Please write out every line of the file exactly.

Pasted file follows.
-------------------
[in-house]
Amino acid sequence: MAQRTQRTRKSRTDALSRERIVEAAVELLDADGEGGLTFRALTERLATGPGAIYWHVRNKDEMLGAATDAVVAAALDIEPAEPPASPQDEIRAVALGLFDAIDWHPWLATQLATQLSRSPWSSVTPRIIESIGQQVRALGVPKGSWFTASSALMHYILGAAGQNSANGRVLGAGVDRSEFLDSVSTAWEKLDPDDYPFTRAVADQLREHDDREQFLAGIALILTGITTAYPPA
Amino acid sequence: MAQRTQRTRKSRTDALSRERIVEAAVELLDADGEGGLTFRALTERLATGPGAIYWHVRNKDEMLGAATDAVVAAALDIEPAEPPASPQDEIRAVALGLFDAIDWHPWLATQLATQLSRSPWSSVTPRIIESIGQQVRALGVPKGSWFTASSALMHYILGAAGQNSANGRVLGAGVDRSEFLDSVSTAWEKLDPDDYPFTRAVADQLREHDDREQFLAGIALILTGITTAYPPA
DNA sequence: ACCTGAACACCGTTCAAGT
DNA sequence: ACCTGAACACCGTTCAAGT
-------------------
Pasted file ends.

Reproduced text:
[in-house]
Amino acid sequence: MAQRTQRTRKSRTDALSRERIVEAAVELLDADGEGGLTFRALTERLATGPGAIYWHVRNKDEMLGAATDAVVAAALDIEPAEPPASPQDEIRAVALGLFDAIDWHPWLATQLATQLSRSPWSSVTPRIIESIGQQVRALGVPKGSWFTASSALMHYILGAAGQNSANGRVLGAGVDRSEFLDSVSTAWEKLDPDDYPFTRAVADQLREHDDREQFLAGIALILTGITTAYPPA
Amino acid sequence: MAQRTQRTRKSRTDALSRERIVEAAVELLDADGEGGLTFRALTERLATGPGAIYWHVRNKDEMLGAATDAVVAAALDIEPAEPPASPQDEIRAVALGLFDAIDWHPWLATQLATQLSRSPWSSVTPRIIESIGQQVRALGVPKGSWFTASSALMHYILGAAGQNSANGRVLGAGVDRSEFLDSVSTAWEKLDPDDYPFTRAVADQLREHDDREQFLAGIALILTGITTAYPPA
DNA sequence: ACCTGAACACCGTTCAAGT
DNA sequence: ACCTGAACACCGTTCAAGT